In contrast, last night I caught up with the opening episode of Romanzo Criminale, which represents Sky Arts getting into the BBC4 game by importing a subtitled drama series, this time from Italy. It’s set in Rome, in the past – the 1970s – and presents anything but a tourist’s-eye view of the city. A brilliant antidote, once again. I’ll write about it, and FX’s forthcoming French import Braquo, soon.

Who killed Woody Allen?

Woody Allen became my favourite filmmaker in 1982 when I saw Take The Money And Run on TV, followed, thanks to a short BBC season, by Bananas, Sleeper and, if memory serves, Love and Death, after which I devoured every one of his films that was available to rent or buy. Each time I saw a new one, it would become my favourite: Manhattan, Annie Hall, Broadway Danny Rose, Stardust Memories. Come the mid-90s, I had caught up, having paid good money for what had built into my Woody Allen video library. (In 1988 I wrote a play called Play It Again, Woody, in which a Londoner obsessed by Woody Allen tries to work out his becalmed love life with the help of an apparition of Woody Allen. It was performed twice in front of a paying audience. I played Woody Allen.)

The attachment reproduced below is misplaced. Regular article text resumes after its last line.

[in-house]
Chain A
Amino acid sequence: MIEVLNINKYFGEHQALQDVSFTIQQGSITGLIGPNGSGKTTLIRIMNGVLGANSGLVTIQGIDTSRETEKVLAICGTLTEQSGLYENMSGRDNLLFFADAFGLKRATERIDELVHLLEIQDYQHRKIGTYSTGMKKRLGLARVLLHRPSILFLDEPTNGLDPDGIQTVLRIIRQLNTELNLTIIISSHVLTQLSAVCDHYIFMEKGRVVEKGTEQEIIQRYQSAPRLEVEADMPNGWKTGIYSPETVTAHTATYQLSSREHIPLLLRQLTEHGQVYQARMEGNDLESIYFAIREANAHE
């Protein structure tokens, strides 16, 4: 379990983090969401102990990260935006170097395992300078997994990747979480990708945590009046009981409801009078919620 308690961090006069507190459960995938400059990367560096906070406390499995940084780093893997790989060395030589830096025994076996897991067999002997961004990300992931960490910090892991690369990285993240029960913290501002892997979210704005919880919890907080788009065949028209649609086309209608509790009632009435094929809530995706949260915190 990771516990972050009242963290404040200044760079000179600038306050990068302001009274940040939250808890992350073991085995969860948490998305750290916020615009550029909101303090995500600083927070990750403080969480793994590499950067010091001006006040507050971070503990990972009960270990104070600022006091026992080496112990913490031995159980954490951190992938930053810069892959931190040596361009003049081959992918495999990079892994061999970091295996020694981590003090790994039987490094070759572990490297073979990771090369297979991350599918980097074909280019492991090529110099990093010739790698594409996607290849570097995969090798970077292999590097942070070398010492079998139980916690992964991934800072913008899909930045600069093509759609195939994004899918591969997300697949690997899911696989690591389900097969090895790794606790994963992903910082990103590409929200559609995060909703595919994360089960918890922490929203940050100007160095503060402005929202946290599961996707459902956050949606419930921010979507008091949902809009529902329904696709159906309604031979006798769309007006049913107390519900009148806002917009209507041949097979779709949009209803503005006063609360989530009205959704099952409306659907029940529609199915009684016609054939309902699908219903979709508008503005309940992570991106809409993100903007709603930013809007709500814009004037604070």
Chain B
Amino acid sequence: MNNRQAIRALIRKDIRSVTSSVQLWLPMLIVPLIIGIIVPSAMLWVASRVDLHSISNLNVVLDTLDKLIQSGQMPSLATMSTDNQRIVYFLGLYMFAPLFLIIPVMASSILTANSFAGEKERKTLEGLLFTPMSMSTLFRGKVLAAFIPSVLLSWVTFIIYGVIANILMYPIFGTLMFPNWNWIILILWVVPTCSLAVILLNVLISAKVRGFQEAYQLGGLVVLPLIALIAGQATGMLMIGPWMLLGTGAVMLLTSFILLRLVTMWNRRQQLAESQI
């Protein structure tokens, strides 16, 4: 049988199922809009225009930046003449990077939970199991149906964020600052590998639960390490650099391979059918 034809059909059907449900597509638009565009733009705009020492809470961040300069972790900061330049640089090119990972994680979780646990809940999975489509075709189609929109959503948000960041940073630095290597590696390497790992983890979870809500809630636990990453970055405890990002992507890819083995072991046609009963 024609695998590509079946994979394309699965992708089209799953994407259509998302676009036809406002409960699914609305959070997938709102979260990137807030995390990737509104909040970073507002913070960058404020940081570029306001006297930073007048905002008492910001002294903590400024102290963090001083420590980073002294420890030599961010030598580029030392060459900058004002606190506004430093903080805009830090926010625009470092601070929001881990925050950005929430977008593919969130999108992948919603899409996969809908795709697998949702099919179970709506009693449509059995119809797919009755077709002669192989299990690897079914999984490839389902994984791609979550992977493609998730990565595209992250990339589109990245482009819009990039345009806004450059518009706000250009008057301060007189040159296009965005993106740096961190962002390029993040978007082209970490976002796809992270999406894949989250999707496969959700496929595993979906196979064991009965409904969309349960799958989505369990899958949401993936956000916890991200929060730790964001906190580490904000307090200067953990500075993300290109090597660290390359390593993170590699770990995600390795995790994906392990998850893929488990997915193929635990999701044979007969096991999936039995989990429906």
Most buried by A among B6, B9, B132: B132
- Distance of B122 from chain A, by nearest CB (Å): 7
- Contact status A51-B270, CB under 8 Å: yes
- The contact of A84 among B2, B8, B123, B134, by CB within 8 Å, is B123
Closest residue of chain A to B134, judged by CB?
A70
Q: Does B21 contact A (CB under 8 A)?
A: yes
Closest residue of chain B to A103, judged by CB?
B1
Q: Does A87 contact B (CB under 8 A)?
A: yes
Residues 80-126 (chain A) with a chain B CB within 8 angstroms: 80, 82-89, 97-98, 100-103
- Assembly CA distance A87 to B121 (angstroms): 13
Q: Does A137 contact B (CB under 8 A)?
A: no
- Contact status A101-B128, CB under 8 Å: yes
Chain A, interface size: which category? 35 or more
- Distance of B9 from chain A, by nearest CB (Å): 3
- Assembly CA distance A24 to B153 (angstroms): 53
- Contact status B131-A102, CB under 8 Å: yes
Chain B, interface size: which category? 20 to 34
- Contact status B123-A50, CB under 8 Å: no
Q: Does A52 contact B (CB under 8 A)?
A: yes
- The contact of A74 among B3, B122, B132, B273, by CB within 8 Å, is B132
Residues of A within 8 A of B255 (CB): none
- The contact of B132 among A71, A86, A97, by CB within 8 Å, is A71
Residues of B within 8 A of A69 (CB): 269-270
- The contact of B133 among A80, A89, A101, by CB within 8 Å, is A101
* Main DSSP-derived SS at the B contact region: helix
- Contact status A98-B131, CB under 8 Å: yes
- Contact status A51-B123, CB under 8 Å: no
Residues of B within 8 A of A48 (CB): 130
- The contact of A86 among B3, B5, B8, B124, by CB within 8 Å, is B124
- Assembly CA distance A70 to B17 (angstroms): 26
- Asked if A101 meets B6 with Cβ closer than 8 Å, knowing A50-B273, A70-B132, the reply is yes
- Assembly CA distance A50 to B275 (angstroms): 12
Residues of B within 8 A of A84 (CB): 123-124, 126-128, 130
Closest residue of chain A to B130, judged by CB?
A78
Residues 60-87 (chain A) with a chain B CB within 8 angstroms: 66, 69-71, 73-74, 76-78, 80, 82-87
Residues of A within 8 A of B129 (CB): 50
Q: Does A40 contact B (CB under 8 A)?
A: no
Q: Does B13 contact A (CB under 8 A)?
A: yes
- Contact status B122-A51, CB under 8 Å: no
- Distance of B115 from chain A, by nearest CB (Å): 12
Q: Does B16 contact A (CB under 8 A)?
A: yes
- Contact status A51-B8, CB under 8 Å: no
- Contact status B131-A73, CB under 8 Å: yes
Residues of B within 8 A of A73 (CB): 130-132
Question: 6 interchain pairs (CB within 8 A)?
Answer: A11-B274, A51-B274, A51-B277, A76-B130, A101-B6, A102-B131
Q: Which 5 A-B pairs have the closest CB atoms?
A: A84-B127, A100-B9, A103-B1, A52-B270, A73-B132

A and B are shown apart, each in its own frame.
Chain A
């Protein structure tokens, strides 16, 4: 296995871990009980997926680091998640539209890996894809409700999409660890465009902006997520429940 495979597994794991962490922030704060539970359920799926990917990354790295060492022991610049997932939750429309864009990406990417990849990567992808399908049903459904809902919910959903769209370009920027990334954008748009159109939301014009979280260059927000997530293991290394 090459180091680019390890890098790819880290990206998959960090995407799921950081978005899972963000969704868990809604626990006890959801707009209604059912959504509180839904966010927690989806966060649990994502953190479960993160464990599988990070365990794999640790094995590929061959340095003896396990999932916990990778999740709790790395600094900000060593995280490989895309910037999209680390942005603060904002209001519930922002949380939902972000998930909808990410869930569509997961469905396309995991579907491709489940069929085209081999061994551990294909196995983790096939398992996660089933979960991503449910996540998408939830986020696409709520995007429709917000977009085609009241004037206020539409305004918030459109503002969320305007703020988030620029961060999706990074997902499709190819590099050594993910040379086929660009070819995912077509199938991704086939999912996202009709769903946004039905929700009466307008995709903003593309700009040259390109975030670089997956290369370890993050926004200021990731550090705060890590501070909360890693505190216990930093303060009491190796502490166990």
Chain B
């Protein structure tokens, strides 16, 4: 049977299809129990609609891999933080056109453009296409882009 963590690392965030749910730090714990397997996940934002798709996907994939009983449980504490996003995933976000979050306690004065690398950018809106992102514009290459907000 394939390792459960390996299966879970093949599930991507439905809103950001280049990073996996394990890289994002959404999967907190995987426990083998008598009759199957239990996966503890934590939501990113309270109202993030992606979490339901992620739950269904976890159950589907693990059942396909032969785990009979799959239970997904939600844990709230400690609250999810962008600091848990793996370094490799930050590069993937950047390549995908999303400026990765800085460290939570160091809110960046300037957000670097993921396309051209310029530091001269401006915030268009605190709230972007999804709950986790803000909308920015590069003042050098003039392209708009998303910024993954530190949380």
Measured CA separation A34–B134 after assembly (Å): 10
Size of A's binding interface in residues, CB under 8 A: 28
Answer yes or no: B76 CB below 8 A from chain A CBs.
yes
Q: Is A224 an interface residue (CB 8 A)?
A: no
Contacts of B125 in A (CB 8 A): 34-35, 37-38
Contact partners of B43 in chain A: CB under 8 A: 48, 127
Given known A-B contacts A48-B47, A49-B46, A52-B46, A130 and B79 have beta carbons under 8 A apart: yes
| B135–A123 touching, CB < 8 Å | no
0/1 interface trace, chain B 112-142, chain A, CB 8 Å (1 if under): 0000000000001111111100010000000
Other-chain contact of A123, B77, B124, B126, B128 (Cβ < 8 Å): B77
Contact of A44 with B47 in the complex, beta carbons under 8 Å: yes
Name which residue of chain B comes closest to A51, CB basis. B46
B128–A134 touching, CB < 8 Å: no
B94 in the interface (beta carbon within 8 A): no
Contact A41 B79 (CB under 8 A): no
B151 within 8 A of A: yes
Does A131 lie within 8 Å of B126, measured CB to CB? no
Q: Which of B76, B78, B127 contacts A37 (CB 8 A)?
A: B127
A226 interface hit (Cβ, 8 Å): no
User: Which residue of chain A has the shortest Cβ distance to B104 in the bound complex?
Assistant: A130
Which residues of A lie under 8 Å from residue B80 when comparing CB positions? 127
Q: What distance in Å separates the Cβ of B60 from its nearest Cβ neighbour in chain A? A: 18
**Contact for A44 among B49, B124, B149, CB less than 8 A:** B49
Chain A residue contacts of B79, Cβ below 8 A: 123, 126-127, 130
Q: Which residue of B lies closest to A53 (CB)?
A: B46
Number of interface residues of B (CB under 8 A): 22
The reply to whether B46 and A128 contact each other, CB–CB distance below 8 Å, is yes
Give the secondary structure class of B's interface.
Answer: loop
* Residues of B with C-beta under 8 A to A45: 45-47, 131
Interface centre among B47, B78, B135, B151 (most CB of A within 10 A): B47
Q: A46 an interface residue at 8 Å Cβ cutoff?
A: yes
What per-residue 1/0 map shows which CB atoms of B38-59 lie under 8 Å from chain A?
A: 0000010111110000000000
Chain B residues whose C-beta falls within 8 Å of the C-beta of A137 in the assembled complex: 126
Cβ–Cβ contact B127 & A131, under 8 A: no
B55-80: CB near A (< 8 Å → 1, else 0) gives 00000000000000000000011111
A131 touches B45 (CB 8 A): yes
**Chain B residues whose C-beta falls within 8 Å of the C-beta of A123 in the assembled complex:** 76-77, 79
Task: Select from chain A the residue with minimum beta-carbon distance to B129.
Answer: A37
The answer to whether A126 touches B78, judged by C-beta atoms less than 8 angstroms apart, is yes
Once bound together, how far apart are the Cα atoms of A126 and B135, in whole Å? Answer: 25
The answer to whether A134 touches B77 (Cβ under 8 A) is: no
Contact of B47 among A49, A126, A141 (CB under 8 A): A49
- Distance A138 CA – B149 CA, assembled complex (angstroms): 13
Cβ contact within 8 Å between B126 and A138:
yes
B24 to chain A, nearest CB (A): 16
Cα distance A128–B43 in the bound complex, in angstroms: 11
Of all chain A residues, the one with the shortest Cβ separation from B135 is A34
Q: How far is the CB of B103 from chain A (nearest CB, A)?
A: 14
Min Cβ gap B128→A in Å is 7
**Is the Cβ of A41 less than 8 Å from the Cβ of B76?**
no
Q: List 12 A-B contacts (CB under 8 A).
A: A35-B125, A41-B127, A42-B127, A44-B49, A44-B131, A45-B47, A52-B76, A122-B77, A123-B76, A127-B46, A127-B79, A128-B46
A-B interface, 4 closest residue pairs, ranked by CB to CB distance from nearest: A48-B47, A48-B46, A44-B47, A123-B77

I bought books on him. And I mean, every book I could find. I considered Husbands and Wives and Manhattan Murder Mystery, and even Bullets Over Broadway – in which my hero did not appear, his surrogate being John Cusack – if not quite as good as his 1970s classics, certainly worthy and more mature additions to the canon. Everyone Says I Love You was not brilliant, but it had Woody in it, and it was, at least, a brave experiment with the musical form, and Sweet And Lowdown, a confident period piece, seemed to suggest he still had something unique to offer. As the 20th century drew to a close, I was still glad that Woody Allen made a film a year. I know.